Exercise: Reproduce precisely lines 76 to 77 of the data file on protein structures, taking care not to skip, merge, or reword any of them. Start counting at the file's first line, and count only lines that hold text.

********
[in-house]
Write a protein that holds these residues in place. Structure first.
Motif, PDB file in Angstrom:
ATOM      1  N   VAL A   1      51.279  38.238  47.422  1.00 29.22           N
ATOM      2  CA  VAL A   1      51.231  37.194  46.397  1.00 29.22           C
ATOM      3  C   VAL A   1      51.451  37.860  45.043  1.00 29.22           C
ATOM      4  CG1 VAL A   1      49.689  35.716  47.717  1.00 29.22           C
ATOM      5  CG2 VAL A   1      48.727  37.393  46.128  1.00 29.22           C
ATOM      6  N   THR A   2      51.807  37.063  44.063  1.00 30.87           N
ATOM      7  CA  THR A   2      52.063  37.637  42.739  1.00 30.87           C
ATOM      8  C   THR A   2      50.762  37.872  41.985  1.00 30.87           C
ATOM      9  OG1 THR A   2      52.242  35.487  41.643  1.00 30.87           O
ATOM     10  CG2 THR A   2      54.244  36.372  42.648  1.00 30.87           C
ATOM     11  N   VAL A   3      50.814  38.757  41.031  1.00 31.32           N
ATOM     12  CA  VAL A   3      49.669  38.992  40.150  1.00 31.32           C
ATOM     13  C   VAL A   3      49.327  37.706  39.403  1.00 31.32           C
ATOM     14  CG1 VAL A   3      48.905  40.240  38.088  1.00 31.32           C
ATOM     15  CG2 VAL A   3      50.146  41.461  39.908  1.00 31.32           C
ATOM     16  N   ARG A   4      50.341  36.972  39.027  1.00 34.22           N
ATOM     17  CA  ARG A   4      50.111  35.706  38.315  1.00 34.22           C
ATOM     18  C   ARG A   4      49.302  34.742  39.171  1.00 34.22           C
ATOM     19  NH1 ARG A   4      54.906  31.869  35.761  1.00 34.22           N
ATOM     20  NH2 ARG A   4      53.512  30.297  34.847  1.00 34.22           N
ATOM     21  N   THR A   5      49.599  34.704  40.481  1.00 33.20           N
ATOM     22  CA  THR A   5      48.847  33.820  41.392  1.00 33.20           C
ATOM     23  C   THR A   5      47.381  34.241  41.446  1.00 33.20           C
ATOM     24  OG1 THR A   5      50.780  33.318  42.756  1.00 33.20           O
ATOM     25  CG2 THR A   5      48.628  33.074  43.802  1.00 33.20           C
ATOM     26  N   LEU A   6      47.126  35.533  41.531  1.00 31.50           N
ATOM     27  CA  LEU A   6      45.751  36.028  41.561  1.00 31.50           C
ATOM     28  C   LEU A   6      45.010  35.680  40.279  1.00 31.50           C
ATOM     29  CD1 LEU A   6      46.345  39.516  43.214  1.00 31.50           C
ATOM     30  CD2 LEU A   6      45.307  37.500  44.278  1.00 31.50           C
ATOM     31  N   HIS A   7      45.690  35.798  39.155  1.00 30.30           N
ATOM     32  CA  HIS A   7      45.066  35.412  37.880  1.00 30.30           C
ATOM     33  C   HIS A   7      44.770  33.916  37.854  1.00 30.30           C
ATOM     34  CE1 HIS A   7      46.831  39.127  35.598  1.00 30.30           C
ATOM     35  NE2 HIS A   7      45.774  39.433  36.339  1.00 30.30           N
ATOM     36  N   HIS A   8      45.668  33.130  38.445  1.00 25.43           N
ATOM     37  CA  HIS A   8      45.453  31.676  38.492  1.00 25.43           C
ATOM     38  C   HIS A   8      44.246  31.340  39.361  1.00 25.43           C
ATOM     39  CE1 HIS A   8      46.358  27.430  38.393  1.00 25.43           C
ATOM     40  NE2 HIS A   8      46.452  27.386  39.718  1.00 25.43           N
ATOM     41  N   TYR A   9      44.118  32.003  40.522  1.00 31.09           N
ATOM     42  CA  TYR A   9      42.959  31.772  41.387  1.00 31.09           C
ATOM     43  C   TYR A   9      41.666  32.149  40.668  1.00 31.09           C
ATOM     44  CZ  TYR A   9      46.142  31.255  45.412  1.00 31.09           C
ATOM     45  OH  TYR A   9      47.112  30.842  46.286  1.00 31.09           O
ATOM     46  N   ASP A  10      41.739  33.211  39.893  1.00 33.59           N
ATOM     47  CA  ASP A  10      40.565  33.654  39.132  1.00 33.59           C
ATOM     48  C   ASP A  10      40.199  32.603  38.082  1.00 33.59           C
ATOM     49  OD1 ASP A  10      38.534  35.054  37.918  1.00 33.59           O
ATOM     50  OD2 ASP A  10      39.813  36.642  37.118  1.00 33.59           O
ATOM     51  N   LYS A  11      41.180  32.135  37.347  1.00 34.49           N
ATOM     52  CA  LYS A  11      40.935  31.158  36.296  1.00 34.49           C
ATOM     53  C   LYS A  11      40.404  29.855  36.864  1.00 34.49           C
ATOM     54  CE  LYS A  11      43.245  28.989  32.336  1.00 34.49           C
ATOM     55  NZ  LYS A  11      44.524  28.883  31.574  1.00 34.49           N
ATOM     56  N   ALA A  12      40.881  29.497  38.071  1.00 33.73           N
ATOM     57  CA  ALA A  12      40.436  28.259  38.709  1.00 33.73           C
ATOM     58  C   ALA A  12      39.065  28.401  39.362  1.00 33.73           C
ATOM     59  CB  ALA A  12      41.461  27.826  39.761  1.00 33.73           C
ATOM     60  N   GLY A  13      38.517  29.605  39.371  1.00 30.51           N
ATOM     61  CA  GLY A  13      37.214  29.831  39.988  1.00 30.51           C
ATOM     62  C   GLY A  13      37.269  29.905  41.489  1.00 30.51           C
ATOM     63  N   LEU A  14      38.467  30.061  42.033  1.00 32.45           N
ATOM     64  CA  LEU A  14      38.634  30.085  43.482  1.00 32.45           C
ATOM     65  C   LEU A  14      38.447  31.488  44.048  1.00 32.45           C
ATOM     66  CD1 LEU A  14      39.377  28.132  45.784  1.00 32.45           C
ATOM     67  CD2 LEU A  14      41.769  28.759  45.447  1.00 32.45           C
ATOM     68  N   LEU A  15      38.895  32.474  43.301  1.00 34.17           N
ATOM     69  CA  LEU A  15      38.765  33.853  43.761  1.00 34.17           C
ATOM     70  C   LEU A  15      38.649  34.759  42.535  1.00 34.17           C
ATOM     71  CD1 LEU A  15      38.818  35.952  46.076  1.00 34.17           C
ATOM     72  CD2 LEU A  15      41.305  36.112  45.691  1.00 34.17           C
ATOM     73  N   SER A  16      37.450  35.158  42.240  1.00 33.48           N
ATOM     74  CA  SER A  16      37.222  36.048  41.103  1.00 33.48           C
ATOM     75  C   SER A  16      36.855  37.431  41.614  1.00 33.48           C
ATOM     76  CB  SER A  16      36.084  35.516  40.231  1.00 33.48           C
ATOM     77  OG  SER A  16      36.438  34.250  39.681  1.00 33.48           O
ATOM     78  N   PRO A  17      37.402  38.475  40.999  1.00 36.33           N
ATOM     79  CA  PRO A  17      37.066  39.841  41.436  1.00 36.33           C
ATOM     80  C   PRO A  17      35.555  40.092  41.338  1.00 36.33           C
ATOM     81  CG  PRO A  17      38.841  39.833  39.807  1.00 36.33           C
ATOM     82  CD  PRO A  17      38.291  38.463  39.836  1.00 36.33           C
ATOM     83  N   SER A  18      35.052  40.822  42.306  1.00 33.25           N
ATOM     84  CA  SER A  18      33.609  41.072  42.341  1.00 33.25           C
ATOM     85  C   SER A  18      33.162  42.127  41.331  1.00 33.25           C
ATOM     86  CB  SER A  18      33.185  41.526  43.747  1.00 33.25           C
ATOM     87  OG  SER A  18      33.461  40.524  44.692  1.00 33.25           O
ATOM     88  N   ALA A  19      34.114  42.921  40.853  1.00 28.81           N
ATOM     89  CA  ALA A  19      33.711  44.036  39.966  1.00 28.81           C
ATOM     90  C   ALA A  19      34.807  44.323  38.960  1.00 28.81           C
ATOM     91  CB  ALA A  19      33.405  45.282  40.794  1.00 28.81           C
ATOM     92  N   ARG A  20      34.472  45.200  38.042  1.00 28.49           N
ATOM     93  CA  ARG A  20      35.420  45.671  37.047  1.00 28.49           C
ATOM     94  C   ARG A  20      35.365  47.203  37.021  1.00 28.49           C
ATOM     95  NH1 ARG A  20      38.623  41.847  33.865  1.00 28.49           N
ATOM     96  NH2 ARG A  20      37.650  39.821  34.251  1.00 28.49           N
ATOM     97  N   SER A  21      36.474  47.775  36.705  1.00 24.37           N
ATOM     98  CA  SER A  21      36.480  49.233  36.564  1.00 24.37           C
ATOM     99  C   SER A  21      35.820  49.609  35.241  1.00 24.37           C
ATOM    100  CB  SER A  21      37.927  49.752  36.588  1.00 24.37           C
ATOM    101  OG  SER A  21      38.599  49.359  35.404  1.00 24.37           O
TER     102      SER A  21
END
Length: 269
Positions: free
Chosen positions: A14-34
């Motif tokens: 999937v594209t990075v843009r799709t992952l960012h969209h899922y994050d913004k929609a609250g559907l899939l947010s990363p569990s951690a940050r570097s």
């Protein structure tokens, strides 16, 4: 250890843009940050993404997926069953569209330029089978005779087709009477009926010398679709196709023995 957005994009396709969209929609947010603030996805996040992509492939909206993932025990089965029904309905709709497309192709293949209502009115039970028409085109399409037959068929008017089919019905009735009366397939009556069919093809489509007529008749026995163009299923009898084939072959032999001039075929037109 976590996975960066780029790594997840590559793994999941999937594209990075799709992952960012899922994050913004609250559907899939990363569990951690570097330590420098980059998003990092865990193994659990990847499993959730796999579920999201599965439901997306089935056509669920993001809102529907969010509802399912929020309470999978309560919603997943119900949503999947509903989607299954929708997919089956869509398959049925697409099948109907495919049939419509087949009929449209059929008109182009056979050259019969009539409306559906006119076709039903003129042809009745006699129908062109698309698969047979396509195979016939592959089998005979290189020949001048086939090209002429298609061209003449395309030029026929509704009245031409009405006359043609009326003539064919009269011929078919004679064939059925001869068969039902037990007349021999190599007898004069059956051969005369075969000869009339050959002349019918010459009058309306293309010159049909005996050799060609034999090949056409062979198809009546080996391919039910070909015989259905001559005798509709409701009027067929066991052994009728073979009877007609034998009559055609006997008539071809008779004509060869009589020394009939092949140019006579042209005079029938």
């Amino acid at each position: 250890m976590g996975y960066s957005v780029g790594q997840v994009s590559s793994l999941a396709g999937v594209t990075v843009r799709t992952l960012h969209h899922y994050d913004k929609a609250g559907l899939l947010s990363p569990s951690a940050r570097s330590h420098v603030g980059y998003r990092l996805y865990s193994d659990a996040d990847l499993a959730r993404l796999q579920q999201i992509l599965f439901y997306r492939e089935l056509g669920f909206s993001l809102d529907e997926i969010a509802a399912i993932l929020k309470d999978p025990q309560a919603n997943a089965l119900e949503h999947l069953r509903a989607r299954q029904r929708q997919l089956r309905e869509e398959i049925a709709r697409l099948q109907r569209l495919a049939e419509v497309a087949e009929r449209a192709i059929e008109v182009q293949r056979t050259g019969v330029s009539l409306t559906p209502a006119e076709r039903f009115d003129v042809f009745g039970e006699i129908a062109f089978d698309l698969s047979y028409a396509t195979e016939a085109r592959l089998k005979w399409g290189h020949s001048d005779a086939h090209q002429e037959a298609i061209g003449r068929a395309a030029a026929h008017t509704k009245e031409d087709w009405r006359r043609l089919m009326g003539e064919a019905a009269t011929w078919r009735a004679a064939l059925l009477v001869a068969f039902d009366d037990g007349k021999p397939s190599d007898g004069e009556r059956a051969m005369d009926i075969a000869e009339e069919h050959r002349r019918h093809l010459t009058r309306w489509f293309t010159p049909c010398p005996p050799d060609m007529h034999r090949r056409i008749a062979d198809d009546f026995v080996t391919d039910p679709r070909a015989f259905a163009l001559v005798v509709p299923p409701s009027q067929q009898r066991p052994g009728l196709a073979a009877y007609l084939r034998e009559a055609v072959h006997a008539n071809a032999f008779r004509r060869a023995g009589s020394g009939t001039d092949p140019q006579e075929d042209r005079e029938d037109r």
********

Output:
ATOM     73  N   SER A  16      37.450  35.158  42.240  1.00 33.48           N
ATOM     74  CA  SER A  16      37.222  36.048  41.103  1.00 33.48           C